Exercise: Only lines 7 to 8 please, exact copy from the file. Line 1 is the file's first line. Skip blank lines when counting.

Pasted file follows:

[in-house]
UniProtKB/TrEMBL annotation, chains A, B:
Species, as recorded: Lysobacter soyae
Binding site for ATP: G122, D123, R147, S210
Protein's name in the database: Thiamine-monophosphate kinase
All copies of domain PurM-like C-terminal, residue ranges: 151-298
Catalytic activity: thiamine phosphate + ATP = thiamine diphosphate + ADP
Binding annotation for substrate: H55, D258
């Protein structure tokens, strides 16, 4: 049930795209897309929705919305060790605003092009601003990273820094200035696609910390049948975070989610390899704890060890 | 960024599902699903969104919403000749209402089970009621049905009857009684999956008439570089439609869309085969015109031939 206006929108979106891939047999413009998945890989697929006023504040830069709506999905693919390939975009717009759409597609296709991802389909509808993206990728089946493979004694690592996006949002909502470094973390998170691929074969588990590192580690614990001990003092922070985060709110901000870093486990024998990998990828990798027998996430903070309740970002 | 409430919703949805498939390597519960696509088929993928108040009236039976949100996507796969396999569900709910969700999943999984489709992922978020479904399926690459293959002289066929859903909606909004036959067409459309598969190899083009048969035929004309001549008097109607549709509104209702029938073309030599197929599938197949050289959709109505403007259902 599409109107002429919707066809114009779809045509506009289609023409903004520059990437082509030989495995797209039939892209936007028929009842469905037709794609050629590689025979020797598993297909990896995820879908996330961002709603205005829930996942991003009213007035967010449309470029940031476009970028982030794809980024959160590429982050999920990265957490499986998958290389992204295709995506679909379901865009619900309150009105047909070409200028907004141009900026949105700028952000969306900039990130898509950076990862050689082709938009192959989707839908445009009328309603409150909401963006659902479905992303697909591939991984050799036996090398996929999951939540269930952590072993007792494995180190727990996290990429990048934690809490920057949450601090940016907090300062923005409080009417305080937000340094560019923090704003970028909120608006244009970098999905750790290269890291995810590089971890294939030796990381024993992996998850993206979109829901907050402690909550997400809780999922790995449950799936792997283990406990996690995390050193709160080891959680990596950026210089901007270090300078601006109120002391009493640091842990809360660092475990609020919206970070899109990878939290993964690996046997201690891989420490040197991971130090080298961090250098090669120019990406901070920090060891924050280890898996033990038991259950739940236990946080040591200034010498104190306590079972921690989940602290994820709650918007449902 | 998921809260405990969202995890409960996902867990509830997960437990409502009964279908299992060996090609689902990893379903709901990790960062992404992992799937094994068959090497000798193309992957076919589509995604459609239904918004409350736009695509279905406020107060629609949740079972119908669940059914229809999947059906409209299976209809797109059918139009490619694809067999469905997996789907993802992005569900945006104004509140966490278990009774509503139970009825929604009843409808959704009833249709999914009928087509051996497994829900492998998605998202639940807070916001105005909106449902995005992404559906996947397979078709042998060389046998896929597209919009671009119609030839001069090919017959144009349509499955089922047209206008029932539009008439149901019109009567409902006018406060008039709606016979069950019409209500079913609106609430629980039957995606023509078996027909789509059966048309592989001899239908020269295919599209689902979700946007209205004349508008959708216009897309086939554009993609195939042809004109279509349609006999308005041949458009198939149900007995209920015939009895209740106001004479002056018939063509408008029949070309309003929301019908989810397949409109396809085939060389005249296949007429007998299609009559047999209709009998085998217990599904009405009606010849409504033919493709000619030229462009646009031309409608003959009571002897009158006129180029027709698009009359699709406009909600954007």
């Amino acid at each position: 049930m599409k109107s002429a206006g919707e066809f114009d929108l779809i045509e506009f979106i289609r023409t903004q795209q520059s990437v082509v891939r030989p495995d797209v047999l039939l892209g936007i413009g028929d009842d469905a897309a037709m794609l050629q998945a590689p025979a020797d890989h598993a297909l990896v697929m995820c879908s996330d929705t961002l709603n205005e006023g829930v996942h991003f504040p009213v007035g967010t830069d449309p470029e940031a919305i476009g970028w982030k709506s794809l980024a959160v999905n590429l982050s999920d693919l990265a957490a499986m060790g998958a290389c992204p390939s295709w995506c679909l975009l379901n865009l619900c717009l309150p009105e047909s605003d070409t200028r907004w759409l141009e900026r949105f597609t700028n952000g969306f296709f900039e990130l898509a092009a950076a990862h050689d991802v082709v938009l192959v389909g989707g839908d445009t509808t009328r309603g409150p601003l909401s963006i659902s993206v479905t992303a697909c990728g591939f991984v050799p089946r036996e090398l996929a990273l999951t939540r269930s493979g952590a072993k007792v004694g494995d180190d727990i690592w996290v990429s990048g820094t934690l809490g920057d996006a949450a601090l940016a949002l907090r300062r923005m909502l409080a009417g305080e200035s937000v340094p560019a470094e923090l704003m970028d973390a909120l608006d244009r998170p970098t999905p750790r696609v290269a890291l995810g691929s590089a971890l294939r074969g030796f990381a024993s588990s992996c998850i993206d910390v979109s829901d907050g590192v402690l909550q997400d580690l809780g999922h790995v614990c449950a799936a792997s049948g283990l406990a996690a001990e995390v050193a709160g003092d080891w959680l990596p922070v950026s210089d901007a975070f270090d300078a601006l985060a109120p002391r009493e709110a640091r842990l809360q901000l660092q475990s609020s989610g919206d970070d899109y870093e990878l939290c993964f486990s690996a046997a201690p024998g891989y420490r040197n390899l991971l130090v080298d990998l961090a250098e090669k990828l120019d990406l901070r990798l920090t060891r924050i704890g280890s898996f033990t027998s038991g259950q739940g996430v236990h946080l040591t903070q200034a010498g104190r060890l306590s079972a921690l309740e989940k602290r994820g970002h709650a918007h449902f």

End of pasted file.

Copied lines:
Catalytic activity: thiamine phosphate + ATP = thiamine diphosphate + ADP
Binding annotation for substrate: H55, D258